While that description of aiki isn't necessarily wrong, it's definitely a lower level of understanding than I currently have. To really understand what these principles are, we have to dig deeper. As Aiki Jujutsu is generally considered an internal martial art, the Japanese counterpart to arts such as Taijiquan, Xingyi, and Baguazhang, I'll be using both Japanese and Chinese terminology and concepts in this article.
One can spend their life learning Jujutsu without any of the aiki components and become a very formidable fighter. Indeed, that is what 99% of the ryuha developed in Japan did. What separated the art that would later become Daito Ryu, the parent aiki art, from other jujutsu systems was the development of aiki.
3 Internal Harmonies
- Spirit harmonizes with Intention
- Intention harmonizes with Energy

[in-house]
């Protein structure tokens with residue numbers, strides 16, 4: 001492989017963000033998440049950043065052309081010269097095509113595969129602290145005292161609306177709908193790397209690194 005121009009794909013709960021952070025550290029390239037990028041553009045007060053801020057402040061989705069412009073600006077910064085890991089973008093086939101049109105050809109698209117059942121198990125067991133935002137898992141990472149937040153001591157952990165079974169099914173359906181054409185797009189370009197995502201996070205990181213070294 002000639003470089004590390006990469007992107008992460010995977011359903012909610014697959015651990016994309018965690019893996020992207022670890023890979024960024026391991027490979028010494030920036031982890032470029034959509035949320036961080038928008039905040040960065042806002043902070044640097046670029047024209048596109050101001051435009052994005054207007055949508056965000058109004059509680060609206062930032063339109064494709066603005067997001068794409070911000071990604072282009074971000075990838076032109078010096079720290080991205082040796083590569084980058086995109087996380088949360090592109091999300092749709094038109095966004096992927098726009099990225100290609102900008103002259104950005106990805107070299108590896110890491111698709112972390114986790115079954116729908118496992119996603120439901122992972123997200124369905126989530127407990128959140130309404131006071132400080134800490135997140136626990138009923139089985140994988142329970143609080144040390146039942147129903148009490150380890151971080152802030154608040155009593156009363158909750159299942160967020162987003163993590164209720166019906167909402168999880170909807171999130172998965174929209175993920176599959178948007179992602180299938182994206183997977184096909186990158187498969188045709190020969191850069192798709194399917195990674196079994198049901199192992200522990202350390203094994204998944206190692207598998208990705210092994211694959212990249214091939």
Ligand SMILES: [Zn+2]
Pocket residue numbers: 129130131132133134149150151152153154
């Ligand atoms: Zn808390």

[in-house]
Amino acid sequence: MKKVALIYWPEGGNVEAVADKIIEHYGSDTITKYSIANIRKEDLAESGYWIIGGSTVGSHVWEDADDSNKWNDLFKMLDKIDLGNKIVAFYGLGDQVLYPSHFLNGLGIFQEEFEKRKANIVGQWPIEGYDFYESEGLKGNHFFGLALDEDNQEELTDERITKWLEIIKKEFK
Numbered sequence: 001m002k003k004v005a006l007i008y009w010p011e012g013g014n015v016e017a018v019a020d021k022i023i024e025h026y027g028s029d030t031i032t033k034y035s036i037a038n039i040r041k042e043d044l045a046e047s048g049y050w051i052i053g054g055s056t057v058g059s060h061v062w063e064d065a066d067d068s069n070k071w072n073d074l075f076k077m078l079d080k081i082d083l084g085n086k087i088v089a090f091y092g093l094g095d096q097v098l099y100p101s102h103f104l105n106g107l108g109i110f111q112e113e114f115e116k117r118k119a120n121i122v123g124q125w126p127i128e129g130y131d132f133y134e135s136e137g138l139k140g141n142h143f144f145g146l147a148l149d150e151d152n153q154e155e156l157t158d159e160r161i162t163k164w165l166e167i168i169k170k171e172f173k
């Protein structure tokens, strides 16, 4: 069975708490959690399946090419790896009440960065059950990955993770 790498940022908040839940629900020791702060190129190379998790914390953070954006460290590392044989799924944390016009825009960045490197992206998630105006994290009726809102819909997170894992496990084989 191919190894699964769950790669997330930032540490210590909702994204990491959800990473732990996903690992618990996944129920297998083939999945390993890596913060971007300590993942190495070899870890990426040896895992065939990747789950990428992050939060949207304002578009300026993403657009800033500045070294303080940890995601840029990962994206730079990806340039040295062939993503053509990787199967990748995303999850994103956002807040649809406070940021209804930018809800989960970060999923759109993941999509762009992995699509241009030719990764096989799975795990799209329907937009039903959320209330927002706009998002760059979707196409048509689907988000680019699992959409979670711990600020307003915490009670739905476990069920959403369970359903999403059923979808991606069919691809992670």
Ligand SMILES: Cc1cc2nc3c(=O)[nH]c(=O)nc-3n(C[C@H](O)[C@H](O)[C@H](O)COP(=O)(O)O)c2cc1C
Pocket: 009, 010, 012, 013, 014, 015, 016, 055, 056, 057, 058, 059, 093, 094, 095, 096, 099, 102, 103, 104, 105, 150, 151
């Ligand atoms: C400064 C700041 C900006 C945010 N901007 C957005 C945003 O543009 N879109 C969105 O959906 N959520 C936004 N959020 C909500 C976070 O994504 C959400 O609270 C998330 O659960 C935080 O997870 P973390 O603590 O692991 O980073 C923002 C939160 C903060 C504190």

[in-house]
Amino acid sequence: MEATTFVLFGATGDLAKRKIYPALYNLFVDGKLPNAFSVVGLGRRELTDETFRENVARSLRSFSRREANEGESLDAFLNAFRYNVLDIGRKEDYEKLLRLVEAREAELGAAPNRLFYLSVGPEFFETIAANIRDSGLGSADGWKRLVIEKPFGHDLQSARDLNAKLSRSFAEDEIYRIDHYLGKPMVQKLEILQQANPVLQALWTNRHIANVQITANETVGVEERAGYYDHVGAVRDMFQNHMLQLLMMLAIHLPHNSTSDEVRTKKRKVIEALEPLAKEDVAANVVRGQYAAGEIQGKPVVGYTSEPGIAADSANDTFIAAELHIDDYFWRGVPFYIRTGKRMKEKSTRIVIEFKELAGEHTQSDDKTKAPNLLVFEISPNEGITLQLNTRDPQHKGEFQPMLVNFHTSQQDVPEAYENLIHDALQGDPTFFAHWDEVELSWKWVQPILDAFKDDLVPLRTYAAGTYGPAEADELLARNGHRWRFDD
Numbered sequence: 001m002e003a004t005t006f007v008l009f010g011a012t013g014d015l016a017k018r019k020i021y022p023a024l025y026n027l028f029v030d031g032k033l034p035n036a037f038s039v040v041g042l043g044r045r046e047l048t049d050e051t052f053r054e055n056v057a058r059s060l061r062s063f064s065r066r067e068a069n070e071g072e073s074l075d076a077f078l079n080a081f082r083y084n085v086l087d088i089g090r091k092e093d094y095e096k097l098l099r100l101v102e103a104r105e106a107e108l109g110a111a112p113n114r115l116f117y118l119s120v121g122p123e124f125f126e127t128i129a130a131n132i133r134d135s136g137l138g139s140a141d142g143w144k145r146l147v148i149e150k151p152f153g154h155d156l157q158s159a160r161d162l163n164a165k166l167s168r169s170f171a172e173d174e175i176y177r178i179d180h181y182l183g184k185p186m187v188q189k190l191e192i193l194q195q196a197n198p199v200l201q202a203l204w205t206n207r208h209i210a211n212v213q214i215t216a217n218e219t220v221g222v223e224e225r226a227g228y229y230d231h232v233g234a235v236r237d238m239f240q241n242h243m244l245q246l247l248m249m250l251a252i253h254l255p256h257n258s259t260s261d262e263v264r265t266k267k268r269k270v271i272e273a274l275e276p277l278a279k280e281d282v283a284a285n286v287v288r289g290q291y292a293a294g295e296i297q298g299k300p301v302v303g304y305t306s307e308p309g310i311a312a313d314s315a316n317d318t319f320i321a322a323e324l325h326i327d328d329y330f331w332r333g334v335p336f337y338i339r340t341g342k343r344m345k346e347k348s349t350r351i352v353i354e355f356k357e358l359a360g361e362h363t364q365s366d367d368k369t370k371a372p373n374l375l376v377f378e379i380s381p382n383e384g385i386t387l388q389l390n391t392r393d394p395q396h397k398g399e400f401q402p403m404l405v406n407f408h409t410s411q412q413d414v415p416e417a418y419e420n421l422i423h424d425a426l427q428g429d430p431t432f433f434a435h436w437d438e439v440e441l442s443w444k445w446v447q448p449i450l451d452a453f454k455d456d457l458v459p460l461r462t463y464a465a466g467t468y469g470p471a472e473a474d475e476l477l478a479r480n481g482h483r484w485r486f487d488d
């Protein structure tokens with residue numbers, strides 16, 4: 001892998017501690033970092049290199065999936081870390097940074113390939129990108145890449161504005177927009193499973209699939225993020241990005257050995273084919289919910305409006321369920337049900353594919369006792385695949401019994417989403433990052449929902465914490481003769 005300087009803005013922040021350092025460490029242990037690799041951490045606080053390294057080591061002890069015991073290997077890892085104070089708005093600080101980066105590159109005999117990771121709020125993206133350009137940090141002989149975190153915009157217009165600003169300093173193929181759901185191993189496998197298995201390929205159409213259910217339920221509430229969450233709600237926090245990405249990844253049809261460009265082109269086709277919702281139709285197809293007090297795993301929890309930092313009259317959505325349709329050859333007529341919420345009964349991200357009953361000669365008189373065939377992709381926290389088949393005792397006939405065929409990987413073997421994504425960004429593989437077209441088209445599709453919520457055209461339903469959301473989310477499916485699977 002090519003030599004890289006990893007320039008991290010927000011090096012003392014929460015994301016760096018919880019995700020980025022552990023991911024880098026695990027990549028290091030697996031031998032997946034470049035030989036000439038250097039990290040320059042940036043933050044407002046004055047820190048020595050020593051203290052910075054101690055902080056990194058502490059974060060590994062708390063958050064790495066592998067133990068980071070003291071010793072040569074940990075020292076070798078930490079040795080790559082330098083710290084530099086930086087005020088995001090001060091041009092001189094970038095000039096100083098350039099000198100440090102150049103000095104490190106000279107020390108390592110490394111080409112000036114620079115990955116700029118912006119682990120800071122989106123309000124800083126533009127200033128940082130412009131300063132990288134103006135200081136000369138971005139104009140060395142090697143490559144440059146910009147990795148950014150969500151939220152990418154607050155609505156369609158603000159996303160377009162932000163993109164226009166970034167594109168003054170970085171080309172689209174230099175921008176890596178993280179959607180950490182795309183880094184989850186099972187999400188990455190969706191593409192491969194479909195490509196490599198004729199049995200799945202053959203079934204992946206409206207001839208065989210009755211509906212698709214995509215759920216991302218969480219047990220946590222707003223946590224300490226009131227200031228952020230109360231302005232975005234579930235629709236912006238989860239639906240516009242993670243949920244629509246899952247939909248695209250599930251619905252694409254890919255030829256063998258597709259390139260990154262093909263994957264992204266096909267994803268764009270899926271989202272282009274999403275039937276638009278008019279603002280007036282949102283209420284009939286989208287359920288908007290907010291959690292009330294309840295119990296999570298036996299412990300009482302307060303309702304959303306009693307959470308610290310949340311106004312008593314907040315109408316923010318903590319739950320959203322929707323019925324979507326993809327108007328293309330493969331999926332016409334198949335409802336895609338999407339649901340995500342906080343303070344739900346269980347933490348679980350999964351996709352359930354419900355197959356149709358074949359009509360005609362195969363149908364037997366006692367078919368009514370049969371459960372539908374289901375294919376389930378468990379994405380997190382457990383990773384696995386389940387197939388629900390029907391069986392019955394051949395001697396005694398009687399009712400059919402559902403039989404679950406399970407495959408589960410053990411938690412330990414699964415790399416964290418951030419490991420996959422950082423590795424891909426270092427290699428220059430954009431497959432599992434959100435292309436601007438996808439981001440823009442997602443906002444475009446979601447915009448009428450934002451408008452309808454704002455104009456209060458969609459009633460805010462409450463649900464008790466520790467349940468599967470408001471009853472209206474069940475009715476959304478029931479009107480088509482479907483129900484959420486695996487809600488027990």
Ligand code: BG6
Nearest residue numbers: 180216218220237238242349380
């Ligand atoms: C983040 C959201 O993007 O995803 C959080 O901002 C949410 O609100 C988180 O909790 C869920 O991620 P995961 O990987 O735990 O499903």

- Energy harmonizes with Power
3 External Harmonies
- Shoulders harmonize with hips
- Elbows harmonize with knees
- Feet harmonize with hands
Development of the Six Harmonies leads to what is called Aiki no Rentai, the connected aiki body - that is, one of relaxed structure. Now, "relaxed" itself is a misnomer. Too many practitioners confuse relaxed for limp, when what we're really talking about is the absense of tension. The aiki body is a pre-conditioned state of being that affects the way you stand, walk, carry weight, receive and process force, etc. Ultimately, the goal of the aiki body is to use the body in its most efficient manner.